Here's two off your handicap, yards on your drive,
May you hole in one and all bunkers survive:
Here's a wonderful round to you, Sir, on the links;
I pledge you in Scotch Ale, the best of all drinks.

After the day's game, a glass of fine Scotch Ale goes down with a rare zest. This superb Ale is a natural favourite because of its quality. It is beer as it ought to be. Finest malt and hops, brewed in the crystal water of Edinburgh."

They're definitely moving upmarket here. Golf was almost exclusively played by the better off in England. And they're back to a slight vagueness about the ingredients. Yes, we all know beer contains malt and hops. What else, though? A load of corn grits. Funny how they never get a mention in the ads. "Brewed from the finest malt, hops and grits." just doesn't have the same ring to it.

Nottingham Evening Post, Wednesday 9 December 1925.

"Scotch Ale Toasts . . . by Father William.

Here's your jolly good health, Sir Knight of the Rod,
Whether you angle for Trout or for Cod;
May your catch always measure the size of a whale,
Here's fisherman's luck, Sir, in Younger's Scotch Ale.

"wonderful ale" is what nine out of ten say when they first taste Wm. Younger's Scotch Ale. It has leapt to national popularity because it is the finest malt liquor brewed. Just the ideal drink for a chilly day."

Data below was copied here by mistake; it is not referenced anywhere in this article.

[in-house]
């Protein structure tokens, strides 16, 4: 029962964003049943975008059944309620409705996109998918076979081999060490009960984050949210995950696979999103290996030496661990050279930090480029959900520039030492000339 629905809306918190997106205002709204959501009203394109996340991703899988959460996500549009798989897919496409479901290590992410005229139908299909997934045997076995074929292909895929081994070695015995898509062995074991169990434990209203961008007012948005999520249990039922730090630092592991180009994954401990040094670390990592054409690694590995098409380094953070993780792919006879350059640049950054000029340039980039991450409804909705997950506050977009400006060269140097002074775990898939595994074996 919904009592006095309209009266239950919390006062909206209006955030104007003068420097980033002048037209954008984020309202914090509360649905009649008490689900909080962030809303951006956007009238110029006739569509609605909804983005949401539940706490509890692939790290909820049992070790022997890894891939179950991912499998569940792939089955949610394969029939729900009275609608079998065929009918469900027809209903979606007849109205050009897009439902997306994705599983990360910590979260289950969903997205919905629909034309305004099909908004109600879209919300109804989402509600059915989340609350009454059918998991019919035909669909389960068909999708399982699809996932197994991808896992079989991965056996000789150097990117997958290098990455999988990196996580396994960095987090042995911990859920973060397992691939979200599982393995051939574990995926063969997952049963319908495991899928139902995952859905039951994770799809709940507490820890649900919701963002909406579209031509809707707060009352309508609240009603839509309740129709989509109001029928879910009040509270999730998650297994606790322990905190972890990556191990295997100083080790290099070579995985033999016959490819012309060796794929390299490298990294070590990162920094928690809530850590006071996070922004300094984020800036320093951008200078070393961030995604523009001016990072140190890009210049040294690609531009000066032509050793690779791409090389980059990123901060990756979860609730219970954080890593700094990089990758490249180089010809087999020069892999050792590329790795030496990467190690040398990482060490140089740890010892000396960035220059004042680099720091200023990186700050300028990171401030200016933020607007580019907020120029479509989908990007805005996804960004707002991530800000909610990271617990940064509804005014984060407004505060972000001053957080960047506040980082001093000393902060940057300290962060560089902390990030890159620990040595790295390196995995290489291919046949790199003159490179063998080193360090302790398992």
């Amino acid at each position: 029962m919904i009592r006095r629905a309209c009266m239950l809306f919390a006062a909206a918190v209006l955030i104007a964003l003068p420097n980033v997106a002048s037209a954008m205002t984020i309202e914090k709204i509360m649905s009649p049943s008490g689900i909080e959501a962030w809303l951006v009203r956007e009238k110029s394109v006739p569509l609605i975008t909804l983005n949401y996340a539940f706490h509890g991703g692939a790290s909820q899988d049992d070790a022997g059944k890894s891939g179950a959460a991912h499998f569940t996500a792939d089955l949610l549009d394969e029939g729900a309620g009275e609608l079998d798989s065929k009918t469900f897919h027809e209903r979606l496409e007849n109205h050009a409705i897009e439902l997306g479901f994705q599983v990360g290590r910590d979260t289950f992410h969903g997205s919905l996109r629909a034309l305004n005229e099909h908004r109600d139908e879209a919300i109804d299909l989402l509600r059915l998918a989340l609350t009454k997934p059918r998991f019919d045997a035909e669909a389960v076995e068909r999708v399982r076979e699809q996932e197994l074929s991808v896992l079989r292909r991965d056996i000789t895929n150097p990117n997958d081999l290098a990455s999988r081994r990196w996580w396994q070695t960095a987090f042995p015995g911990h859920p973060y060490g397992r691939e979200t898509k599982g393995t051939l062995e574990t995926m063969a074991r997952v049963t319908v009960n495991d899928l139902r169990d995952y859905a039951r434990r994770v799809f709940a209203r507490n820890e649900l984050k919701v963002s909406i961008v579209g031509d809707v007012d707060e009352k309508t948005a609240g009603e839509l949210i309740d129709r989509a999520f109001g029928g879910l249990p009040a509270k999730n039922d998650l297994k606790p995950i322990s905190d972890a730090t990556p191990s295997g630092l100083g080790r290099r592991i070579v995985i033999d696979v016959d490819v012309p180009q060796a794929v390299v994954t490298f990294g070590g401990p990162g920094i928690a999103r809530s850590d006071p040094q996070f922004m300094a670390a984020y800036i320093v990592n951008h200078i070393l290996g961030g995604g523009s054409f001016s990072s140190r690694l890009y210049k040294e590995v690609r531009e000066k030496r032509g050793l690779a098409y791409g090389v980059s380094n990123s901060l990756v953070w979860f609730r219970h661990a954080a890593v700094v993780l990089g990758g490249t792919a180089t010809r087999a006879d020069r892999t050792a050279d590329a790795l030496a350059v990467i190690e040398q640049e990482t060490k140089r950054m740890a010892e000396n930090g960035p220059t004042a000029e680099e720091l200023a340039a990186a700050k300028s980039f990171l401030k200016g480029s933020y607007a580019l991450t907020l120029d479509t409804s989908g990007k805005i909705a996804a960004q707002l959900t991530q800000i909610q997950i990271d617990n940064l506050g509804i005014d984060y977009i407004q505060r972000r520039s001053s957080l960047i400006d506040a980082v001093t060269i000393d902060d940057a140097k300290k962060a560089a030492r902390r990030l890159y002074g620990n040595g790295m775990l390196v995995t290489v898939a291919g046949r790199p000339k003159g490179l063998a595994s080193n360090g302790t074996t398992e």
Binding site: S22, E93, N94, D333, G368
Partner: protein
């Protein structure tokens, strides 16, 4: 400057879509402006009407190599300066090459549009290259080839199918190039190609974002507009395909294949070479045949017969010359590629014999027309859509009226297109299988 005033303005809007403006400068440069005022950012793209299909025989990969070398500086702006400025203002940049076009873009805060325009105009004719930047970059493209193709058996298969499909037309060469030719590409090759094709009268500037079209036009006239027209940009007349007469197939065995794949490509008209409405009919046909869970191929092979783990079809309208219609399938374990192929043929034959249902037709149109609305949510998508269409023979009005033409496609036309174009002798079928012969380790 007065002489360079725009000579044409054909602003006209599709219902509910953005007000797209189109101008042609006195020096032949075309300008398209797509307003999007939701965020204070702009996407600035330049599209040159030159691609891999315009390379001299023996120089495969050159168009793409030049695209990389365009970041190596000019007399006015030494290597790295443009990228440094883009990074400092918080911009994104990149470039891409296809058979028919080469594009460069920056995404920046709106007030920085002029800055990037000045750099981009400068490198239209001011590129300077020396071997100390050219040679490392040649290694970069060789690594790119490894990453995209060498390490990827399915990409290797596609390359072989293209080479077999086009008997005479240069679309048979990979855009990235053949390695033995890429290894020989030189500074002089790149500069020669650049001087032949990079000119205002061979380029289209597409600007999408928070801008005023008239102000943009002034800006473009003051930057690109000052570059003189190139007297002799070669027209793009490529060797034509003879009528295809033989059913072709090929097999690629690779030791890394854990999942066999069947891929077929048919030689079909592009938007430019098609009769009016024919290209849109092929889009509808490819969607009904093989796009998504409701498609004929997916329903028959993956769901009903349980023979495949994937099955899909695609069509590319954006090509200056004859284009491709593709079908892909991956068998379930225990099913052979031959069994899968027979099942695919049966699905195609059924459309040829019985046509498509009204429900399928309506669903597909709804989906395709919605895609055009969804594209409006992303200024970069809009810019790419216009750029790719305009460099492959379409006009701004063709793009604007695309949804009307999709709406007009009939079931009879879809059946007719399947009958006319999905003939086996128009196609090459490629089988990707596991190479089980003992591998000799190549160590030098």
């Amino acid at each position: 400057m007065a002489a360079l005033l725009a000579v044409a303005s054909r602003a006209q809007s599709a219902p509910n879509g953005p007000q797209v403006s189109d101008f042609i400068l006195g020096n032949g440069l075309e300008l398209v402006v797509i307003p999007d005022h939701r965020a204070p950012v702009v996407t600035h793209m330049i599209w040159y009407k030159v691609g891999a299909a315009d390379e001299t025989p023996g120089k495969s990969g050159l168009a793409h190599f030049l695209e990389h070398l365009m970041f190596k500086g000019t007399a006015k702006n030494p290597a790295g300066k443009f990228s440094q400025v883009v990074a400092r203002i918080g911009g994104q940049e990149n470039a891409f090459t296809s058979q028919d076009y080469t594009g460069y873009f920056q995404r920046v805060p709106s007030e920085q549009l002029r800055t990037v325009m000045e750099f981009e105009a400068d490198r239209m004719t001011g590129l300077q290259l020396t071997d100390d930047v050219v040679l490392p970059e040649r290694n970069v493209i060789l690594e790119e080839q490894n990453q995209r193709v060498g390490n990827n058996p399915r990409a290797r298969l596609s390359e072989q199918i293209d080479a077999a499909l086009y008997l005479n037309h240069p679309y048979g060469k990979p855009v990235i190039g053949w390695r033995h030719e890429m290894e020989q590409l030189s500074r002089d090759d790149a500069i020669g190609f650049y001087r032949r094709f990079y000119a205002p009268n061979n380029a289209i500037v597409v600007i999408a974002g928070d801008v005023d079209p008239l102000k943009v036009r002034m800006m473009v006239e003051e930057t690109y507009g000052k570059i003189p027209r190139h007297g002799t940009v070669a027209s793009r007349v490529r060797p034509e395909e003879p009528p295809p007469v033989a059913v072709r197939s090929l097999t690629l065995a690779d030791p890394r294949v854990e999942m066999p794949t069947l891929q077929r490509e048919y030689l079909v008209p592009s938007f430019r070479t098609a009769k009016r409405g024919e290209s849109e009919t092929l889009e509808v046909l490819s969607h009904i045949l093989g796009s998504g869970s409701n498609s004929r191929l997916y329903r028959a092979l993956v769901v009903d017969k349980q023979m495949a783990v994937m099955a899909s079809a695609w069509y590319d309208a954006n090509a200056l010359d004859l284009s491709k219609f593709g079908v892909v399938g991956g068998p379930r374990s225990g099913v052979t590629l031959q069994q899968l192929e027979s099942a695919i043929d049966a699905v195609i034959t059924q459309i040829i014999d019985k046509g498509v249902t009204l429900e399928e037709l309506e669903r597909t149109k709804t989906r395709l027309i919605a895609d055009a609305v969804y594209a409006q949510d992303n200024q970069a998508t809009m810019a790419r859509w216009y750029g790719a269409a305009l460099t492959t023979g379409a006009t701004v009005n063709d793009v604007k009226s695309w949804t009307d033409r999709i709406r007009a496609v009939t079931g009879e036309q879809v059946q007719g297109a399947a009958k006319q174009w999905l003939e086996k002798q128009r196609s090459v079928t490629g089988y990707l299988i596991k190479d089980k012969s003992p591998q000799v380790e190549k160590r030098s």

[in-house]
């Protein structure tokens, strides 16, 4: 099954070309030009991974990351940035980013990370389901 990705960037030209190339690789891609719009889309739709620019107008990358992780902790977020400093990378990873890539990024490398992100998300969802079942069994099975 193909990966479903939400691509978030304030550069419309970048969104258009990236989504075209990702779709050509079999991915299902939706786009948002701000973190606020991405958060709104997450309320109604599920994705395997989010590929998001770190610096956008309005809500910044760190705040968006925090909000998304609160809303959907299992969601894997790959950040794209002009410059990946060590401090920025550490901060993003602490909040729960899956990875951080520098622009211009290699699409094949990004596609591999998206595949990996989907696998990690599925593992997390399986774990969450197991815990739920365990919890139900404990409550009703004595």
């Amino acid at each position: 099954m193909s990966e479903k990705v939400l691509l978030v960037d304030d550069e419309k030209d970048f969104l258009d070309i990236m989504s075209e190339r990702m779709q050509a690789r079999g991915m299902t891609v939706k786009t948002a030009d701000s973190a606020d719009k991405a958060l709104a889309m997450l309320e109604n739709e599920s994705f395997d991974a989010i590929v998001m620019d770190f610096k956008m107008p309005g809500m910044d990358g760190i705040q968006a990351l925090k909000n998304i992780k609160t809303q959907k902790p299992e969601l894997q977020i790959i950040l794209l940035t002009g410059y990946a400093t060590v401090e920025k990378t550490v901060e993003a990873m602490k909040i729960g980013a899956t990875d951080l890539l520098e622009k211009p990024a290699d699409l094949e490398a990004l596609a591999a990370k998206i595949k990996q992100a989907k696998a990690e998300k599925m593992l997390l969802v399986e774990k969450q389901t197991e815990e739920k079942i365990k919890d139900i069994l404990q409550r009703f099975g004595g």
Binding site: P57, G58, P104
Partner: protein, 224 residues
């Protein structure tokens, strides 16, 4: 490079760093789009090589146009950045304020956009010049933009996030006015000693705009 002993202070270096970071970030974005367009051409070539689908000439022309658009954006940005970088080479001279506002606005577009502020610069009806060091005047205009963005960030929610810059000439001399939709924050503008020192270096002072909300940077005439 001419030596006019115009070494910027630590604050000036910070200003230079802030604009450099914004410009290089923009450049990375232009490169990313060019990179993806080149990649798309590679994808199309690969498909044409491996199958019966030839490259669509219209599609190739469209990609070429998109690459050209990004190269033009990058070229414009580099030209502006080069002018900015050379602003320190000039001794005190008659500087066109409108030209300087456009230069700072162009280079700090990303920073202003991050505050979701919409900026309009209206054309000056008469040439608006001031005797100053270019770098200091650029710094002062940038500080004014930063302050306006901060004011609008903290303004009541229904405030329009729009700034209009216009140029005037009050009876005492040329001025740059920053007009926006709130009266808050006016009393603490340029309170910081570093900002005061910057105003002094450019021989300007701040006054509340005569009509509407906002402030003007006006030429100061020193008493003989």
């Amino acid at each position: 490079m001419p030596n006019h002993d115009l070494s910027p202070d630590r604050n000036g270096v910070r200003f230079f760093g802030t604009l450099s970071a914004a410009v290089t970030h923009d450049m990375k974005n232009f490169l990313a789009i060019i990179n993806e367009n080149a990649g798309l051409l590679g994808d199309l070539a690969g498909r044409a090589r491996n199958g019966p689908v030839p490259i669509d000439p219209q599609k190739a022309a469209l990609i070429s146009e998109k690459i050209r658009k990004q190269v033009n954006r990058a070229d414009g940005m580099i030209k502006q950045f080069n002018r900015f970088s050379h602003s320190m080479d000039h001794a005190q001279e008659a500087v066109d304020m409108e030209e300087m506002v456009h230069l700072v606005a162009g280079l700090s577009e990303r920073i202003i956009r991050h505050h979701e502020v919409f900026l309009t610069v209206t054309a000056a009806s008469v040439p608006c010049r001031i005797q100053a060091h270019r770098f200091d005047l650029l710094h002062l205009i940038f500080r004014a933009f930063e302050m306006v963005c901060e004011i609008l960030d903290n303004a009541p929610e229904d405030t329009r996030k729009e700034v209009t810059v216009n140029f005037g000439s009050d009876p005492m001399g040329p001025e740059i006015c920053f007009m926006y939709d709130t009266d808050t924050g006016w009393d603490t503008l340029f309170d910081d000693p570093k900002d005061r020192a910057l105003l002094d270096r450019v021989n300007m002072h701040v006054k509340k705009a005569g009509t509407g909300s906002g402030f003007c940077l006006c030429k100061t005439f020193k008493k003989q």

There's an interesting claim: national popularity. I can't help thinking that's a slight exaggeration. From the list of depots, they certainly had London and the main major northern cities covered. But what Wales and the Southwest? No mention of them.


Monday, 27 February 2012

Was the ale sour?

Yes, we're back in court again with Archibald Arrol. This time a lees spectacular case. Much more the usual type of court case brewers were involved in: trying to get publicans to pay their debts.

I've selected this item for what it tells us about how the pub trade worked. Though not actually in Scotland, as the pub and publican in question were on the Isle of Man.